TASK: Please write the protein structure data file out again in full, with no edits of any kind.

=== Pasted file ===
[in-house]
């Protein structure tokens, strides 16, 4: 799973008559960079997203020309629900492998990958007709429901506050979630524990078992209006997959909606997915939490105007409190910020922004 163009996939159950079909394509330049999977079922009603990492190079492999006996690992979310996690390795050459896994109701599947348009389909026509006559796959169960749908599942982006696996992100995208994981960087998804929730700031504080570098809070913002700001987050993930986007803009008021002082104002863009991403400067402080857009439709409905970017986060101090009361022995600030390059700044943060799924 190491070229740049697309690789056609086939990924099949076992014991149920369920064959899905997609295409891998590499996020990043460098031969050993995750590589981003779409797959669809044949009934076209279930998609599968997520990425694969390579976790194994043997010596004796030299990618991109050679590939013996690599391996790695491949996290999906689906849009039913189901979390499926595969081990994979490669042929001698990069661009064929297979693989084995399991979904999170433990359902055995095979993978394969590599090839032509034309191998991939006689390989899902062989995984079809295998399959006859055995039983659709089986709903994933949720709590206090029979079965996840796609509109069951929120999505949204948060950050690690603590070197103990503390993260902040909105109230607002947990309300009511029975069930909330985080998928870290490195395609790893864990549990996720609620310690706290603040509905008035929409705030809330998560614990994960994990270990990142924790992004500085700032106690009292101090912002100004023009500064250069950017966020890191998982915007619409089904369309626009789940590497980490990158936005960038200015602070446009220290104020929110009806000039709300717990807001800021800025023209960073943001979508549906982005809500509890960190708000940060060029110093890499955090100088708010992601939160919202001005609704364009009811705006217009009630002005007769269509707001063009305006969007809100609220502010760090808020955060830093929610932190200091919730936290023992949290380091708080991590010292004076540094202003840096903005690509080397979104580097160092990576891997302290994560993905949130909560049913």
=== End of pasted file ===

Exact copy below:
[in-house]
């Protein structure tokens, strides 16, 4: 799973008559960079997203020309629900492998990958007709429901506050979630524990078992209006997959909606997915939490105007409190910020922004 163009996939159950079909394509330049999977079922009603990492190079492999006996690992979310996690390795050459896994109701599947348009389909026509006559796959169960749908599942982006696996992100995208994981960087998804929730700031504080570098809070913002700001987050993930986007803009008021002082104002863009991403400067402080857009439709409905970017986060101090009361022995600030390059700044943060799924 190491070229740049697309690789056609086939990924099949076992014991149920369920064959899905997609295409891998590499996020990043460098031969050993995750590589981003779409797959669809044949009934076209279930998609599968997520990425694969390579976790194994043997010596004796030299990618991109050679590939013996690599391996790695491949996290999906689906849009039913189901979390499926595969081990994979490669042929001698990069661009064929297979693989084995399991979904999170433990359902055995095979993978394969590599090839032509034309191998991939006689390989899902062989995984079809295998399959006859055995039983659709089986709903994933949720709590206090029979079965996840796609509109069951929120999505949204948060950050690690603590070197103990503390993260902040909105109230607002947990309300009511029975069930909330985080998928870290490195395609790893864990549990996720609620310690706290603040509905008035929409705030809330998560614990994960994990270990990142924790992004500085700032106690009292101090912002100004023009500064250069950017966020890191998982915007619409089904369309626009789940590497980490990158936005960038200015602070446009220290104020929110009806000039709300717990807001800021800025023209960073943001979508549906982005809500509890960190708000940060060029110093890499955090100088708010992601939160919202001005609704364009009811705006217009009630002005007769269509707001063009305006969007809100609220502010760090808020955060830093929610932190200091919730936290023992949290380091708080991590010292004076540094202003840096903005690509080397979104580097160092990576891997302290994560993905949130909560049913």